EDEN PRAIRIE, Minn. — Greg Jennings said he could see the headlines coming Wednesday when he was forced to miss the Minnesota Vikings organized team activities because of a minor ankle injury.
Jennings is drawing attention in his first offseason for Minnesota since coming over from the Green Bay Packers and Wednesday’s practice was the first open to the media. Jennings, who was limited to a career-low eight games last year because of injuries, understood the timing of his injury and lamented the situation to coach Leslie Frazier.
“That was the first thing I said, “Of all the days, the media is here and I’m not practicing. Great,'” Jennings said Thursday while participating in the Vikings’ annual playground build.
Jennings was an active spectator during practices, staying with the wide receiver group during drills and talking with the receivers, quarterbacks and coaches. Frazier said Wednesday the injury wasn’t serious.
Jennings, who said taking the mental repetitions is important at this time of year, was with the rest of the team at the team’s annual playground build at the Howe Campus of Hiawatha Community School in Minneapolis and said he’s not concerned about the injury, as well as noting an important aspect of the timing of the injury.
“It is May,” Jennings said. “May. And I’m perfectly fine.”
Frazier said Thursday Jennings will likely return to practice next week. Frazier also said he’s talked with veteran defensive end Jared Allen, the only player missing from this week’s OTAs, who is reportedly out of town to tend to a family matter.
“Yeah, from everything in my conversations with him, he should be back at our practices next week, which will be good,” Frazier said. “He actually gets back on June 1; looking forward to having him back around and participating as well.”
The Vikings benefited from the nearly unanimous participation in the offseason program last year, a point Frazier credited often as the team recovered from 3-13 in 2011 to a playoff berth in 2012. Allen’s arrival — he has spent some time in town rehabbing after shoulder surgery — would mean 100 percent participation in this season’s workouts in terms of players taking part in at least part of the program.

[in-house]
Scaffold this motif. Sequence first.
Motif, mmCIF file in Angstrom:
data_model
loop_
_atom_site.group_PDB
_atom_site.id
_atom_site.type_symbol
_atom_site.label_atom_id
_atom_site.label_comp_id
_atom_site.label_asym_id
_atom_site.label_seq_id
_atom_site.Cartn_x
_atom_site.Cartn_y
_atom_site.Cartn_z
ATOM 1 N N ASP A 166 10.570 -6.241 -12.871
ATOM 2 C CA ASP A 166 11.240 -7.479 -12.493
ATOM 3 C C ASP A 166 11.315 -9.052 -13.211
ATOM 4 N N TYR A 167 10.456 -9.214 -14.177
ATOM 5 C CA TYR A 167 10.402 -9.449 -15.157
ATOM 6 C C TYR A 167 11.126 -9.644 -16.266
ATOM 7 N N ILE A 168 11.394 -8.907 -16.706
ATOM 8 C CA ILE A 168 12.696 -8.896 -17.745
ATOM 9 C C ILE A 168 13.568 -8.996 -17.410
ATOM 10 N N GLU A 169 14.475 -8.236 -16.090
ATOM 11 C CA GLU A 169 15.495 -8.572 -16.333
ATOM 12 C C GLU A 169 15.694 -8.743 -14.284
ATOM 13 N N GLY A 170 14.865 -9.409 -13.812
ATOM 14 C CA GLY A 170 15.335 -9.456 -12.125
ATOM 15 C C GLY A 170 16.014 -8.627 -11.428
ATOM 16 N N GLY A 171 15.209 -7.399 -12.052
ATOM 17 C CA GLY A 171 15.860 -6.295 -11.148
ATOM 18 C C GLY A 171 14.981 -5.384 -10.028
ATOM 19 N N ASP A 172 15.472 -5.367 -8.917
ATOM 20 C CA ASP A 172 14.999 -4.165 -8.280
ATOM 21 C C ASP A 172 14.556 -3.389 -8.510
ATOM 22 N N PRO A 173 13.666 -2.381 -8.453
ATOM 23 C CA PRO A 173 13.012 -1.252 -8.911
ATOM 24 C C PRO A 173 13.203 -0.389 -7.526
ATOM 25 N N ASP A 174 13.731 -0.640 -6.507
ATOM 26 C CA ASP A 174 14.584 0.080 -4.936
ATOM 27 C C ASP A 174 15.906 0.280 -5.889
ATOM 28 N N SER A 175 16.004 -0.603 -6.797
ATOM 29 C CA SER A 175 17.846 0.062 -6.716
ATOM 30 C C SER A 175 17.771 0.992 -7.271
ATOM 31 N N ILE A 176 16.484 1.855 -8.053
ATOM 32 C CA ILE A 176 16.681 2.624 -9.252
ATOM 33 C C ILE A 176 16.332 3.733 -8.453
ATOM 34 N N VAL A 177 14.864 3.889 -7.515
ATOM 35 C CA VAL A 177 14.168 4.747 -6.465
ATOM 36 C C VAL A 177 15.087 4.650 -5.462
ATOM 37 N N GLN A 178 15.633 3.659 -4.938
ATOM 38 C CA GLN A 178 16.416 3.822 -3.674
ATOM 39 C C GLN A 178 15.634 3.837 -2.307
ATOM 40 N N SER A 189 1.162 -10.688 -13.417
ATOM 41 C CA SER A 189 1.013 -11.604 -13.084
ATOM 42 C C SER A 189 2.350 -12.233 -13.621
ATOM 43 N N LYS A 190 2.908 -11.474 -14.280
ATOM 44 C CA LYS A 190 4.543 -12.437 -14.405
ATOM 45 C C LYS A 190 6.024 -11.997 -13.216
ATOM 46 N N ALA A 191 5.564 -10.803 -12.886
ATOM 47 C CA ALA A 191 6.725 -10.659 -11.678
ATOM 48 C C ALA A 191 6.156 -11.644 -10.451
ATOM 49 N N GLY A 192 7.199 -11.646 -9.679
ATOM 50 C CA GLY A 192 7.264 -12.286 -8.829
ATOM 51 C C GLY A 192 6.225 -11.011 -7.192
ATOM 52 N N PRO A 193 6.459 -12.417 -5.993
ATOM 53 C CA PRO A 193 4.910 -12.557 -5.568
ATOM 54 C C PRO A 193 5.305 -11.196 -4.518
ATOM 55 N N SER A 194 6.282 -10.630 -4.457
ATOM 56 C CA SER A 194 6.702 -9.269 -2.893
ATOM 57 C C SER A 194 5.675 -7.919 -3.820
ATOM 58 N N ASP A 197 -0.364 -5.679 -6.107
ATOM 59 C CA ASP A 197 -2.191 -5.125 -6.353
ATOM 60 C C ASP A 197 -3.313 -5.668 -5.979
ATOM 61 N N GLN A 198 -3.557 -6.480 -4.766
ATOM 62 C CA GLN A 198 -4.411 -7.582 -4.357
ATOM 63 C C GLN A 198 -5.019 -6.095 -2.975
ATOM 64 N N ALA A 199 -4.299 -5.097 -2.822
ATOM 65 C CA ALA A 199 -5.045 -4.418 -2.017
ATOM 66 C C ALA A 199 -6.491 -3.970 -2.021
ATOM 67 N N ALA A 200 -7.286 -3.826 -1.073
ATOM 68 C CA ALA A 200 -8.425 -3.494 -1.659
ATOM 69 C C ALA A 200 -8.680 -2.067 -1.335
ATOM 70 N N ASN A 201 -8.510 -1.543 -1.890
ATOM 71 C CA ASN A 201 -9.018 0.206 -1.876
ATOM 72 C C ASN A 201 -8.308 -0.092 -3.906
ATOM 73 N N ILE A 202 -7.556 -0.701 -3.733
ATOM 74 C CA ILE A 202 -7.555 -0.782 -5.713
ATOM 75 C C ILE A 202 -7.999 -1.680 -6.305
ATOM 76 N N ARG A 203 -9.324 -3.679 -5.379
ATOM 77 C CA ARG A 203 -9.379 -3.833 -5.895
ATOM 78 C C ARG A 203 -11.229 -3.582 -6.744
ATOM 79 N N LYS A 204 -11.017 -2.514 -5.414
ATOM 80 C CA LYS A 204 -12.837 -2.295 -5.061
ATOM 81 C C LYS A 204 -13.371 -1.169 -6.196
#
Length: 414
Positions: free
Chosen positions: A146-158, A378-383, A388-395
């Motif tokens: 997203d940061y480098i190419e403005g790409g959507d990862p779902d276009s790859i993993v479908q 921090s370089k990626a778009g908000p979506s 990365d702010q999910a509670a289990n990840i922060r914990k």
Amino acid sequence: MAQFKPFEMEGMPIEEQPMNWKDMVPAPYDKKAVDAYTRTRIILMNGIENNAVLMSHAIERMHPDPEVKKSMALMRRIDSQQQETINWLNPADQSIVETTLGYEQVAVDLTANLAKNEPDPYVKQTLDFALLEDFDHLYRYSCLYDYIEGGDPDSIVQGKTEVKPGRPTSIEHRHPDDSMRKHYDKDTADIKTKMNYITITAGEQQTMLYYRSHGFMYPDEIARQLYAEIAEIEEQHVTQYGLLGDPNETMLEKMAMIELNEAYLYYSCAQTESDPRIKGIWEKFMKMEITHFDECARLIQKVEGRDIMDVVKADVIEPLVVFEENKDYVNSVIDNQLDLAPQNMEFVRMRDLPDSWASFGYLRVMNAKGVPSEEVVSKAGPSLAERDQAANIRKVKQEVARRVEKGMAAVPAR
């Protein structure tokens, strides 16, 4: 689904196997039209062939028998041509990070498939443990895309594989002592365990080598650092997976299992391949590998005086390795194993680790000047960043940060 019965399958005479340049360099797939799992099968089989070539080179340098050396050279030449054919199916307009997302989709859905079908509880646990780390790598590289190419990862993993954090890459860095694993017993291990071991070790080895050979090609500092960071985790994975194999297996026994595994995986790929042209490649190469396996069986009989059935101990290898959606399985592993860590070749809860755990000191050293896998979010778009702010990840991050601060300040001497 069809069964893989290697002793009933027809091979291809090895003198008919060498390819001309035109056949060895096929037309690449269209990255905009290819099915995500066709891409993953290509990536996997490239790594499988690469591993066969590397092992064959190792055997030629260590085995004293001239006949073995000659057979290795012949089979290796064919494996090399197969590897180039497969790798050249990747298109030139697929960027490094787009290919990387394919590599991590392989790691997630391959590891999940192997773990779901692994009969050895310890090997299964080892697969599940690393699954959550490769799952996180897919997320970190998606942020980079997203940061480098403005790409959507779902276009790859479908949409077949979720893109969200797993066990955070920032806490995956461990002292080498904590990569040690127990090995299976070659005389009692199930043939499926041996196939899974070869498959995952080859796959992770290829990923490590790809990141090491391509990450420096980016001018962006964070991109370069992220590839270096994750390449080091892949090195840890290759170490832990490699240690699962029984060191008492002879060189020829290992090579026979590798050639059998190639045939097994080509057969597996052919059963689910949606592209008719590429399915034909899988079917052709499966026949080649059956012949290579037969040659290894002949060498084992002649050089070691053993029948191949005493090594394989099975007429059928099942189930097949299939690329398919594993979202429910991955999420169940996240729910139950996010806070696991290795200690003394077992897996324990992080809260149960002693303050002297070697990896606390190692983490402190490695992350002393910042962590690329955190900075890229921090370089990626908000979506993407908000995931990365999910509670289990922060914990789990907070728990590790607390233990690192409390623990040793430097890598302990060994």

The OTAs and previous conditioning program are voluntary, and players might come and go to tend to obligations.
Minnesota hopes its setting a standard for full participation in the voluntary workouts, even among the team’s veteran leaders like MVP running back Adrian Peterson and linebacker Chad Greenway.
“Especially as you grow into a veteran, you need to lead by example and that example starts now and what you are going to get into in the training camp,” Greenway said, later adding: “I think that’s what it’s about; is when you come and you’re part of an organization, they want to know that you’re all-in, you’re vested in what the organization is about and what we’re trying to do in the offseason and build towards the Super Bowl. Obviously with having the amount of guys that we have here, that’s pretty indicative of where our team’s at. It’s been fun. The tempo’s been great this first week. I think everything’s gone well.”
Jennings said he’s used to strong offseason participation coming from Green Bay and it’s good to see the same happening with the Vikings.
“It’s great seeing the turnout, guys being committed and buying into what we’re trying to do as a team, as an organization,” Jennings said. “It’s not anything new for me. We had almost like perfect attendance every year, but we’re like right there here too. It’s great.”
Building a playground: Thursday marked the eighth year the Vikings have grouped together with the Toro Company and KaBOOM!, a national non-profit dedicated to giving kids more opportunities to play, to build a playground.
The Howe Campus of Hiawatha Community School is located in Minneapolis and the entire team and more than 200 volunteers helped build the playground, which was designed by kids. A release by the team said the playground will serve more than 470 children in the community.
“We all know the importance of the playground at a school,” Frazier said. “If you have a new playground built in your neighborhood, it won’t only serve the kids at this school but, as you guys know, it will be other students as well, other kids in this area that will come over and use this playground.”
Over the past several years, Toro and the team have donated a total of $528,910 to build eight playgrounds in the Twin Cities area. The Vikings finished practice earlier in the morning and bussed the entire team, along with most of the staff, to the school in Minneapolis to help build the playground.
“You see all our guys, Adrian, Christian (Ponder), everybody working with the shovels, carrying cement, pushing mulch, it’s a little camaraderie building as well for our team because we get a chance to be in a different environment, and kind of break the monotony of practicing as well,” Frazier said. “There are a lot of plusses to what we are doing.”